The Pedlar of Swaffham in Norfolk

Picture (c) by John Ashley Photography

We were uncertain whether this story should have been placed in our Myths and Legend pages, but as John Chapman who is traditionally called the Swaffham Pedlar, is actually buried in Swaffham church we decided that there must be some basis in fact to this tale and therefore have placed it in Yesterdays.

John Chapman was a poor pedlar who lived in Swaffham. He was barely able to provide for his wife and children. They lived in a small cottage in the shadow of a huge oak tree, which stood in their garden. One night John dreamed that he stood on London Bridge in London and that he discovered a great treasure.

Excited he set out for the capital the very next day with his small dog and made his way to the Thames and to London Bridge. On the bridge he paced up and down searching for this great treasure, but with no success. Eventually one of the shopkeepers, who had observed John pacing up and down, overcome with curiosity came up and asked him what he was doing. Chapman told the shopkeeper about his dream.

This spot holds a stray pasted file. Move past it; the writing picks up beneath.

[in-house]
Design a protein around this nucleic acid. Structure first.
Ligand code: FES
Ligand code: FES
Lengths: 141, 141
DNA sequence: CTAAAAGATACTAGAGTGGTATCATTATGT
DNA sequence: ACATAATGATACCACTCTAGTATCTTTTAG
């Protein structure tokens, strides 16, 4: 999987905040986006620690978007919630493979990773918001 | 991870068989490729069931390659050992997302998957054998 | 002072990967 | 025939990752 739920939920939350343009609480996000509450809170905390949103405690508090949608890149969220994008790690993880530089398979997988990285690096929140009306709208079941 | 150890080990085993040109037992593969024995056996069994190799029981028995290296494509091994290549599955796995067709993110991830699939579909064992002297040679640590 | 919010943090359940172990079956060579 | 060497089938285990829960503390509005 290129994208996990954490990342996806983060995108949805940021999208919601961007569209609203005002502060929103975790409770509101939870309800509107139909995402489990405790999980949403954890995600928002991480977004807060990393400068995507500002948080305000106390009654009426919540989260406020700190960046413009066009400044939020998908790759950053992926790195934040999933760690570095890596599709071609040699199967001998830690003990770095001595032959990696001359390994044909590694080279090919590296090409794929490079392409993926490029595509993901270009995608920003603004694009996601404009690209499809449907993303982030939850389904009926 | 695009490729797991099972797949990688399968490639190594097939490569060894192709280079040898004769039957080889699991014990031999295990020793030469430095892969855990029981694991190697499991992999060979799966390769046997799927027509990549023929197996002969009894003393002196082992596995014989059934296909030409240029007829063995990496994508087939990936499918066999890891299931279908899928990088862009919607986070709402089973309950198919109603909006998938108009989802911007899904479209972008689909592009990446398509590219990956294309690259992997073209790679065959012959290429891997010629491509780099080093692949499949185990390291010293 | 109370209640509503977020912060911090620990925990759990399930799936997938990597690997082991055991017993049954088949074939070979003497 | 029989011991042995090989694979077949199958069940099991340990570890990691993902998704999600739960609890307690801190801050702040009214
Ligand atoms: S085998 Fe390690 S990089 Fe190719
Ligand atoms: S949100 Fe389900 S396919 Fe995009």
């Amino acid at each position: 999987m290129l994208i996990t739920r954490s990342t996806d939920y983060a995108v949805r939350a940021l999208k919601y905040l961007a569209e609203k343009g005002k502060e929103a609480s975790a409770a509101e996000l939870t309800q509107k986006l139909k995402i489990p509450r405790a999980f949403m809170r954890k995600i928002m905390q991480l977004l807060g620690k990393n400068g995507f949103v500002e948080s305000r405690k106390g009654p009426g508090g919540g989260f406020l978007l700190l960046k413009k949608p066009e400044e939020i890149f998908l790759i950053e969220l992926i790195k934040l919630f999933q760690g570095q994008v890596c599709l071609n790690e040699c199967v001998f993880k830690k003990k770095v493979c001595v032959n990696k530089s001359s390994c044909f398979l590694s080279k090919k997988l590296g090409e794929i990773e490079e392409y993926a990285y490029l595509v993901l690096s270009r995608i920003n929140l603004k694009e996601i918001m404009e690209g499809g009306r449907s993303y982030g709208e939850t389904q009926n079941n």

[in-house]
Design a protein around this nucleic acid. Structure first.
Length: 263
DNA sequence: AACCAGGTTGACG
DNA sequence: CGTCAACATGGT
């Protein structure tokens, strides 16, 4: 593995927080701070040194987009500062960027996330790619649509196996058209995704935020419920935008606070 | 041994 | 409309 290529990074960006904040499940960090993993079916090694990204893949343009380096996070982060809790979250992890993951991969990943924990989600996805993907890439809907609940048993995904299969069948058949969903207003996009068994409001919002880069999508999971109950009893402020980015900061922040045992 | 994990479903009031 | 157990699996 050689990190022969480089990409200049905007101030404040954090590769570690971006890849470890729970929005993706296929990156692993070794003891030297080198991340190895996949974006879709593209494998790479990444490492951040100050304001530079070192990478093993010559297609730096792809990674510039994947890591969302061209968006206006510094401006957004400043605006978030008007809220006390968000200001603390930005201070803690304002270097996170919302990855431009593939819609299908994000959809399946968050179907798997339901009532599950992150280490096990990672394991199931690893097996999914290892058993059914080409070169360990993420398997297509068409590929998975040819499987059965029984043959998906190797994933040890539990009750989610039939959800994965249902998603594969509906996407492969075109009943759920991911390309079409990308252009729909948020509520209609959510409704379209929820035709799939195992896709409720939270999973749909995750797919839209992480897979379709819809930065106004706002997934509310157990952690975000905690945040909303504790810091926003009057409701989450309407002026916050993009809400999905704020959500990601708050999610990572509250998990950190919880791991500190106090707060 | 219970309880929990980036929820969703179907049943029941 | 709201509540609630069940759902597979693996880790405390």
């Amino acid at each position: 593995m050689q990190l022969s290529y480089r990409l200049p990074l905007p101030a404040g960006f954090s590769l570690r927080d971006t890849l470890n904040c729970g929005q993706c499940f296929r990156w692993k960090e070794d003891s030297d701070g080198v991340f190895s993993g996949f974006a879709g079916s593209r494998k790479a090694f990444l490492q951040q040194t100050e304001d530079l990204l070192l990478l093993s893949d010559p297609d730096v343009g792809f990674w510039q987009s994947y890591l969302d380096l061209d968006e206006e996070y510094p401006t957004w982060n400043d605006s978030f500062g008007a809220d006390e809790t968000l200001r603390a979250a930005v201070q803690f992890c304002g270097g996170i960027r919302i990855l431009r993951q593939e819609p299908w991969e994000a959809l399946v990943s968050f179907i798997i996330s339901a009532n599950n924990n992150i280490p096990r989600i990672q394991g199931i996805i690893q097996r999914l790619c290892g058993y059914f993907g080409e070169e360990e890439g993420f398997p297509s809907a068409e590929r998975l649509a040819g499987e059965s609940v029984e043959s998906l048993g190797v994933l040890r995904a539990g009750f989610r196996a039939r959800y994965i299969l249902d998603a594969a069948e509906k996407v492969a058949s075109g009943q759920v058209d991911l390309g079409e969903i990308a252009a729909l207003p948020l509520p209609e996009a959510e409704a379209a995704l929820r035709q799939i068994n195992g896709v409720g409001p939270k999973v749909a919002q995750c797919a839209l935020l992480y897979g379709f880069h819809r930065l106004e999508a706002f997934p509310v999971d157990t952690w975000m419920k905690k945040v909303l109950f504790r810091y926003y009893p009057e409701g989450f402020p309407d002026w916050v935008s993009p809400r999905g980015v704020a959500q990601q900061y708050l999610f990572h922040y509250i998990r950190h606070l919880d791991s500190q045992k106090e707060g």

The astonished London shopkeeper said he too had had a dream and in it he went to a town in far off Norfolk. There he went to a garden belonging to a pedlar and there beneath a huge tall oak tree, he found a great fortune in gold.

Hearing this story John hastened back to Swaffham and his garden, where he dug in the shadow of the huge oak and sure enough he found a brass pot filled to the brim with coins. He emptied the pot of its coins, but being a pedlar he decided to put the pot up for sale. One of his customers who looked at the pot, told him that the Latin inscription it bore read ‘under me doth lie another much richer than I’.So once again John took up his spade and dug in the exact spot where he had found the pot and there it is said he found an even larger horde.

This is the story of the Swaffham Pedlar, whose likeness is shown on the Swaffham Village Sign.  He is also commemorated in the church at Swaffham with bench end and carvings, the lady figure shown above we have been told is that of his wife.

 Picture (c) by John Ashley Photography